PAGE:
My RE has called me twice to speak by phone and has also been in email contact with us. We will see him in person tomorrow for a sit-down meeting. We feel that he is truly going the extra mile to be available and attentive, consulting with other doctors, speaking with us frequently, and squeezing us in so that we can meet quickly and not have to marinate in our grief and anxiety for too long without more information.

Will has been making fun of me a bit for this, but we've . . . ok, I've . . . also lined up meetings with the other best clinic in NYC and with another great clinic near the Rockies. We're unsure if we're keeping these appointments, but it is good to have them. Will says I'm aiming to spread my embryos across the United States. But to me, it is more about making sure there isn't something we're missing that could make the difference. Mostly because I don't ever want to have regrets about our decisions now should we have a poor outcome. And also, of course, because I want to maximize our chances of a good outcome.

Here's a quote I recently taped to my computer at work:

"I wanted a perfect ending. Now I've learned, the hard way, that some poems
don't rhyme, and some stories don't have a clear beginning, middle, and end.
Life is about not knowing, having to change, taking the moment and making the
best of it, without knowing what is going to happen next." -Gilda Radner

The infertility journey continues to challenge me to tolerate ambiguity and uncertainty. Not my strong suit. But hopefully I'm growing into it.

We certainly have no idea what is going to happen next. But we're going to hang in there - and try to take each moment as it comes - on the journey to finding out.


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Wednesday, March 25, 2009

Wednesday's with Will: this really sucks

This is pretty much how I feel. It is difficult to tell anyone else what this is like. But, depressed, angry, anxious, and disgusted almost sum it up. I alternate from just feeling down to feeling like I am going to rip out of my skin. At work yesterday, several of my colleagues (who are unaware of what Mo and I are going through) actually commented how relaxed I seem. I am trying too hard to keep it together on the outside. This is really trying and tiring. Since Mo goes through all of the physical discomforts I think I tend not to complain too much until it builds up and overflows. It is time to yell, to scream. To run to the gym. To feel and admit that this sucks.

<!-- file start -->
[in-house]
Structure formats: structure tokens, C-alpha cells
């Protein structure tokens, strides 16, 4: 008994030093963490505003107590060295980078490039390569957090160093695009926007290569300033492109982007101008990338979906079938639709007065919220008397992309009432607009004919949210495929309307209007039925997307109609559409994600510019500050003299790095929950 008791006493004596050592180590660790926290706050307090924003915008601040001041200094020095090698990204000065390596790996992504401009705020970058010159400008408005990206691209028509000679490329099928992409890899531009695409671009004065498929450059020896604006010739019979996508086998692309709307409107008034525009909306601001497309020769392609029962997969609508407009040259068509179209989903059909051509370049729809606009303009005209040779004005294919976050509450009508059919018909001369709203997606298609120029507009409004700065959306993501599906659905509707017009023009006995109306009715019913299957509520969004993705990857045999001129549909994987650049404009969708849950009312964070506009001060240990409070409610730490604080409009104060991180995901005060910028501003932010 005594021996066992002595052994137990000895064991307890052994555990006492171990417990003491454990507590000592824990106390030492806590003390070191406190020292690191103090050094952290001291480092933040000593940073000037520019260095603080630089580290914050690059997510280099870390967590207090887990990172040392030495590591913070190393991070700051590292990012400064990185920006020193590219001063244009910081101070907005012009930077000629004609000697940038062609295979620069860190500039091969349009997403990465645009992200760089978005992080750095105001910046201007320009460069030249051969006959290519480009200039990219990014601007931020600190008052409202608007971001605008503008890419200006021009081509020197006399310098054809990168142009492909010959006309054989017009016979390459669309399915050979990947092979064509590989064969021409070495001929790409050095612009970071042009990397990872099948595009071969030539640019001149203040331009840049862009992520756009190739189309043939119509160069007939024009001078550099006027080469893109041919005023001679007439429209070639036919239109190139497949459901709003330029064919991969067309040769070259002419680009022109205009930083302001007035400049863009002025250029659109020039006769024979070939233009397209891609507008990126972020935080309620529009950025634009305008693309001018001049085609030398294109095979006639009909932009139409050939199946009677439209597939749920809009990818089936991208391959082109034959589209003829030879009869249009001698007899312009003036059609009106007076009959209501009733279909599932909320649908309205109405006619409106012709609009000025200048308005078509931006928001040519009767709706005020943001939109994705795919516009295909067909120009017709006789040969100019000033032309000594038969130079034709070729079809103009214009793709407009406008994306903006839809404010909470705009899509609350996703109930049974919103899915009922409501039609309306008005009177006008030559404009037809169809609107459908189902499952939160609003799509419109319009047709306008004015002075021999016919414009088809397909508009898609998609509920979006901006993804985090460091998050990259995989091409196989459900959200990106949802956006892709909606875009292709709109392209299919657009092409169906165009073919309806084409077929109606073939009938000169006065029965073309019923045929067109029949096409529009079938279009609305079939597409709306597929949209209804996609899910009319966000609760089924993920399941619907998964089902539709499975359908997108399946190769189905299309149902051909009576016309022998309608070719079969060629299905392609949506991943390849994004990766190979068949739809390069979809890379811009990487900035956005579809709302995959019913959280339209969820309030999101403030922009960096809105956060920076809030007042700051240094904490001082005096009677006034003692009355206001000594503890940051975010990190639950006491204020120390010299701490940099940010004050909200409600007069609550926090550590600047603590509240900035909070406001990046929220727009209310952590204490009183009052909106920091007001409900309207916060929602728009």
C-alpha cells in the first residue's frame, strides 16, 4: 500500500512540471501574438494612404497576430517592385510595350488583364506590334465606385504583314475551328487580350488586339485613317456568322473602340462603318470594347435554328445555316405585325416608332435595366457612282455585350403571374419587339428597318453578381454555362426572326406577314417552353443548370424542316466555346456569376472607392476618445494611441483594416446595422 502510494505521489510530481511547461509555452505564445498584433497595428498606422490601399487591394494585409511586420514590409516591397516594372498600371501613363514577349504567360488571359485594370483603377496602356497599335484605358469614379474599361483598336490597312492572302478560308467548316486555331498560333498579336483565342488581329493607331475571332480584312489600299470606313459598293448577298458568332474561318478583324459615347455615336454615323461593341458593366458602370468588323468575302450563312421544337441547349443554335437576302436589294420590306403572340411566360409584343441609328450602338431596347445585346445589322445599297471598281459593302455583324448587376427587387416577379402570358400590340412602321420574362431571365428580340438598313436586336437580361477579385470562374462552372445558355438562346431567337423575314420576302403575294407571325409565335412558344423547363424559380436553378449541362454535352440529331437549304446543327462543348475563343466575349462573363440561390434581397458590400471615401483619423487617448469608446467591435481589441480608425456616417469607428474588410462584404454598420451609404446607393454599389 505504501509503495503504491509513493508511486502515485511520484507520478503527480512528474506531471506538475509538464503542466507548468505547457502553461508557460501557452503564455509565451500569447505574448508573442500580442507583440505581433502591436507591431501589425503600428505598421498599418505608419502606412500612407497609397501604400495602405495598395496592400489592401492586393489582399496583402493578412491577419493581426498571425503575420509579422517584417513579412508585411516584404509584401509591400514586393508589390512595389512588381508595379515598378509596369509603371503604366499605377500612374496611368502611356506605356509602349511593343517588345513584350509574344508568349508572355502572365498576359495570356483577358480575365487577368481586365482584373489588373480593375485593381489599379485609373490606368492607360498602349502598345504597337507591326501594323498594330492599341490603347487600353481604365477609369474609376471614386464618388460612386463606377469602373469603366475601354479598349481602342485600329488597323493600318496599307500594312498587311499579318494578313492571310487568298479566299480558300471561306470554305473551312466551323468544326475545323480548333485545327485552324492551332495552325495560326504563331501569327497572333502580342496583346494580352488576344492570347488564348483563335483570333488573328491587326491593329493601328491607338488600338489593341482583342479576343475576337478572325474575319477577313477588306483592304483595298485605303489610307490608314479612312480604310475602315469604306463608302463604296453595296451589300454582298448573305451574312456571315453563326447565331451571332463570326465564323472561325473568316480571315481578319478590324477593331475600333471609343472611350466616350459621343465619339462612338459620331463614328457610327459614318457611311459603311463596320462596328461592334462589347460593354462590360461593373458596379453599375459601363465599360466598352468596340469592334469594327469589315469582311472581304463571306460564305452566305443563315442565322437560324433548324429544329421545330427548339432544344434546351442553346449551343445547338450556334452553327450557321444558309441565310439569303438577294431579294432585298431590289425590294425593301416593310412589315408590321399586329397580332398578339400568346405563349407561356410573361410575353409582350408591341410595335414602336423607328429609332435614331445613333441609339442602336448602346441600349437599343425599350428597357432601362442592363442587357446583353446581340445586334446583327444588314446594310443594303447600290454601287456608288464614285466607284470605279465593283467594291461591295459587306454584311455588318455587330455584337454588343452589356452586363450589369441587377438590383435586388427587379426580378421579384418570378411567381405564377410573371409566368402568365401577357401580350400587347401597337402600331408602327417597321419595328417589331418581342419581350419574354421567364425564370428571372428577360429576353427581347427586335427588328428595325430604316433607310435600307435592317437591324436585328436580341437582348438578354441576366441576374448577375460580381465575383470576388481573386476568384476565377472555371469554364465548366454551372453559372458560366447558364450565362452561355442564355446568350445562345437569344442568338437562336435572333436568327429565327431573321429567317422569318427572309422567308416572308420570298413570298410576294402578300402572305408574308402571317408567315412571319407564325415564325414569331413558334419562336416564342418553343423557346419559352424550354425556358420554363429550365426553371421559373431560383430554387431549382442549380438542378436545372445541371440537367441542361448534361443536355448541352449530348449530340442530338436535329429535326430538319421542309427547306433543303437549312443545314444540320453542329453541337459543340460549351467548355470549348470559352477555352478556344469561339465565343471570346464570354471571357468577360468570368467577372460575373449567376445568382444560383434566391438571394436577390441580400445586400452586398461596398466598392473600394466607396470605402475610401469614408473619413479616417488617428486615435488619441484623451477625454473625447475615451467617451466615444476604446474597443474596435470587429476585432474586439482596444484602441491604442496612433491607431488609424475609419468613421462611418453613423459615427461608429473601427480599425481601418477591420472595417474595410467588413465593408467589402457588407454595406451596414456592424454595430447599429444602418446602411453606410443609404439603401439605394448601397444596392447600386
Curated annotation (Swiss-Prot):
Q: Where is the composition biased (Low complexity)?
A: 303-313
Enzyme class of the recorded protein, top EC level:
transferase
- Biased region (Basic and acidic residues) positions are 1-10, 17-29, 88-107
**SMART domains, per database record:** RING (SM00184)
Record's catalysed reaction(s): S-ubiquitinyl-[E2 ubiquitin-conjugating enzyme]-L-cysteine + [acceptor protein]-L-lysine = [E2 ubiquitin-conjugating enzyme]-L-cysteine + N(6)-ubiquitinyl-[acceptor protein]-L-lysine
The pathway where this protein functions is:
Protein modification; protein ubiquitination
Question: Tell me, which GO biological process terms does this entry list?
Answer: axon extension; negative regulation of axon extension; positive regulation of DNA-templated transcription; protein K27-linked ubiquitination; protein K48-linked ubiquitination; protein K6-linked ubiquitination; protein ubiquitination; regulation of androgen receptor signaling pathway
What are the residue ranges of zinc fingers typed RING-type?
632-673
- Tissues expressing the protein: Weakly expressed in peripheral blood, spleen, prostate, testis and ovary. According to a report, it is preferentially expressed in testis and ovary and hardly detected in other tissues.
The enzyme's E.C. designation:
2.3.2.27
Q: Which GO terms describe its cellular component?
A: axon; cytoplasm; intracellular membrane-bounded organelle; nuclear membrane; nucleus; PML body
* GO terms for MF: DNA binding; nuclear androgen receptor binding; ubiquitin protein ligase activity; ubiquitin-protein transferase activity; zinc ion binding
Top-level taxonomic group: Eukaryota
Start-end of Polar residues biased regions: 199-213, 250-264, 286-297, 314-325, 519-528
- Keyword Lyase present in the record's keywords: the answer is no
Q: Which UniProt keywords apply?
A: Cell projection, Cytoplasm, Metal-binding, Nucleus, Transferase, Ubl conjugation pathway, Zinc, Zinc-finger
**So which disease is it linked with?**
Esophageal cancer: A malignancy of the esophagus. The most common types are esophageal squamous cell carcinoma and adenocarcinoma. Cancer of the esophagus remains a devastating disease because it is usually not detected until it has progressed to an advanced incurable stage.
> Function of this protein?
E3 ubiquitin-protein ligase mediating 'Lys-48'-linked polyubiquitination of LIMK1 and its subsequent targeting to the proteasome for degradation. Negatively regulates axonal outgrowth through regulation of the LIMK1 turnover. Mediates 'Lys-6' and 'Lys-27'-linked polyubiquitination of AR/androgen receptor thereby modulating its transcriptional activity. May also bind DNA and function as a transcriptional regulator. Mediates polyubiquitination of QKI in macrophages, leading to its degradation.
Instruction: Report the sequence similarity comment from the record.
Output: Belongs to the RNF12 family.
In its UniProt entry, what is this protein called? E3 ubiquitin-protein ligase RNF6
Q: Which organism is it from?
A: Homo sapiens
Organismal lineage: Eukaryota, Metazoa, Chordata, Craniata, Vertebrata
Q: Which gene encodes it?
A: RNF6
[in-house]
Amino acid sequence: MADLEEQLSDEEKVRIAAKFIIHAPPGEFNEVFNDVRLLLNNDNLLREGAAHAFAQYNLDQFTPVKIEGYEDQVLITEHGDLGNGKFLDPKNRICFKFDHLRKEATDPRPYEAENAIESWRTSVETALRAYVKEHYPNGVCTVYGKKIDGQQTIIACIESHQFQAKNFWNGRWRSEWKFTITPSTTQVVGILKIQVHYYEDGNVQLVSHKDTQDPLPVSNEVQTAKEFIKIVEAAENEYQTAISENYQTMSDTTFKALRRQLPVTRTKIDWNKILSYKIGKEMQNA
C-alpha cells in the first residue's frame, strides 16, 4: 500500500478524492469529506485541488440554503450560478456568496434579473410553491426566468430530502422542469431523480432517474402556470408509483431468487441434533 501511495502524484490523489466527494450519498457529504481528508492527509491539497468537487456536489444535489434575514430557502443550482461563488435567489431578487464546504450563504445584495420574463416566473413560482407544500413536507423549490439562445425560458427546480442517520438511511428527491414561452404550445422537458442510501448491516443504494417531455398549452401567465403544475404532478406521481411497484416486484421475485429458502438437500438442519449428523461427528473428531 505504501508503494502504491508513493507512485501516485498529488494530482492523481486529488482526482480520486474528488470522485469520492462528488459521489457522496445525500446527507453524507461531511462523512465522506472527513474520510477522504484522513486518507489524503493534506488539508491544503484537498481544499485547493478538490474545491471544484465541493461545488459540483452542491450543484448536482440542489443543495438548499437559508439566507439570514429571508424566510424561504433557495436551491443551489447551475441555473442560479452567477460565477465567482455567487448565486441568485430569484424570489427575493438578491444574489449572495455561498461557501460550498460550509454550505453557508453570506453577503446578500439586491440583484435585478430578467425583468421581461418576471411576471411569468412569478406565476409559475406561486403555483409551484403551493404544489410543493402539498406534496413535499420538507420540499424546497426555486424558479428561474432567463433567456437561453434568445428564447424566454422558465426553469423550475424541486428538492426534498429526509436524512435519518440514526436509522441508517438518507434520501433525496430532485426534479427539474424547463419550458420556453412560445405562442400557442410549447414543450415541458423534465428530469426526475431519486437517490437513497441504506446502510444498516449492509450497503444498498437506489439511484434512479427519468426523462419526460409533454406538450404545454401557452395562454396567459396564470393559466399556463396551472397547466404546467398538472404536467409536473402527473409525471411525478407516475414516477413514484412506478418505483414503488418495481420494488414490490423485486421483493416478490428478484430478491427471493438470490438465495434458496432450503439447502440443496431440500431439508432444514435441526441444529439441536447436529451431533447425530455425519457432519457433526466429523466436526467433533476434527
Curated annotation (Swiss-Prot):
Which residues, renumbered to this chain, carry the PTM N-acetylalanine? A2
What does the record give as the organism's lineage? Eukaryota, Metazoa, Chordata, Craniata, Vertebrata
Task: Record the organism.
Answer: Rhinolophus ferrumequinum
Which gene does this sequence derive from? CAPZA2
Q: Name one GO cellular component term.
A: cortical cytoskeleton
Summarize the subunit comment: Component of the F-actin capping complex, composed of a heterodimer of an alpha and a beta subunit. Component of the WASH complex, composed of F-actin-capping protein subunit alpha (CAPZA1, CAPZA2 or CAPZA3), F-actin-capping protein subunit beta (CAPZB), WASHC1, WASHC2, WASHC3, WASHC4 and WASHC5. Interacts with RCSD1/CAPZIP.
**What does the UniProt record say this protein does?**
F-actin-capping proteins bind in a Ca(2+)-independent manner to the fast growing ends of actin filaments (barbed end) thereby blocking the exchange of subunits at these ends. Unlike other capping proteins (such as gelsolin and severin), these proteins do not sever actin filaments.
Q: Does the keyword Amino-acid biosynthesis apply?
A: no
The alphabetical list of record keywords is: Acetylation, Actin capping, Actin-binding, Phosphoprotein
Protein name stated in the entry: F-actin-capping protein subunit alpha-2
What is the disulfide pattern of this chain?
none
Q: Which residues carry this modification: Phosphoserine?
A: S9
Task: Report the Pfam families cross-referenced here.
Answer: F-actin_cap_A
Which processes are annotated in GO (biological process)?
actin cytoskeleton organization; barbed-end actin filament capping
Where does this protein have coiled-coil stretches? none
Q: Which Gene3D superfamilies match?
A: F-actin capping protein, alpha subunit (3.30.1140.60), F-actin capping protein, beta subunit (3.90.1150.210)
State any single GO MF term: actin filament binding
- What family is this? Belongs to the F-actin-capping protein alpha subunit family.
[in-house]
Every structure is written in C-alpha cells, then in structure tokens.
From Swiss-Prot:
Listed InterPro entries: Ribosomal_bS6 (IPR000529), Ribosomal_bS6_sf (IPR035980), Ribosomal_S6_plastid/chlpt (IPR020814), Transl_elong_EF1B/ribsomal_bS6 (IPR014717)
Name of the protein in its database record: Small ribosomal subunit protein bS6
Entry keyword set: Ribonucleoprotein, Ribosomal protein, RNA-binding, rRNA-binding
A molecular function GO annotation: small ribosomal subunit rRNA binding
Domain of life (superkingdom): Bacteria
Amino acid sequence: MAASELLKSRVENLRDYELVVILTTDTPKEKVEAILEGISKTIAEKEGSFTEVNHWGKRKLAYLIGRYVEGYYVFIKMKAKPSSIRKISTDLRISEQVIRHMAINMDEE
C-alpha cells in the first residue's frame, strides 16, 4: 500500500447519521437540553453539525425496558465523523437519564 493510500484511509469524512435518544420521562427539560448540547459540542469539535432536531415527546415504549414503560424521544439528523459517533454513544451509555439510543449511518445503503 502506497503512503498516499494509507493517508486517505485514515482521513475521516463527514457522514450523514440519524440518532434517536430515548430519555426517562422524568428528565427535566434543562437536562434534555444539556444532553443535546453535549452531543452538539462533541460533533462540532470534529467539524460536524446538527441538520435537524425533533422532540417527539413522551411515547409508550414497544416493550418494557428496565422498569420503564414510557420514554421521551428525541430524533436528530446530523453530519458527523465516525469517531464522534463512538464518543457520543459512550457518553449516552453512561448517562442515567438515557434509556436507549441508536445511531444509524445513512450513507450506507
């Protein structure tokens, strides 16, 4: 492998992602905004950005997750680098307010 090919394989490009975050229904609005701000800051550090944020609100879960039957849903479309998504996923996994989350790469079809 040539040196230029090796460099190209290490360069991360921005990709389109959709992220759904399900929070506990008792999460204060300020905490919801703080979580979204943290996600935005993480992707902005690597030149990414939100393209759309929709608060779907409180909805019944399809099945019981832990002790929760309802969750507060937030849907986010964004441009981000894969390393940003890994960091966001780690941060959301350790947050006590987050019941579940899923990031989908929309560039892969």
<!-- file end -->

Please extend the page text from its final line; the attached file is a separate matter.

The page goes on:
After I took the above picture (I keep these statues on the bookshelf in my office because Mo has banished them from our apartment), I was searching for it on my cluttered computer desktop when I came across this picture I took on a recent trip to Florida:

Its not a great picture in any artistic way whatsoever. But, if you look closely you will find a great horned owl. Somehow remembering how I looked so long and hard to find this great animal so high in a tree made me smile.

Maybe today I will also take some time to clear my mind, stop catastrophizing, and see if I just can't find a great horned owl in the middle of New York City. It will get better.


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Tuesday, March 24, 2009

IVF #4, the blow-by-blow account

2/26 Cycle Day 2
FSH = 6.8, E2 = 32.7, LH = 5.47
200 Follistim, 75 Menopur
Begin stims

2/28 Cycle Day 4
bloodwork: E2 = 146, LH = 1.9
200 Follistim, 75 Menopur

3/1 Cycle Day 5
bloodwork: E2 = 207
ultrasound: Right: 2 at 11, Left: 1 at 10, 1 at 9
200 Follistim, 75 Menopur

3/2 Cycle Day 6
no bloodwork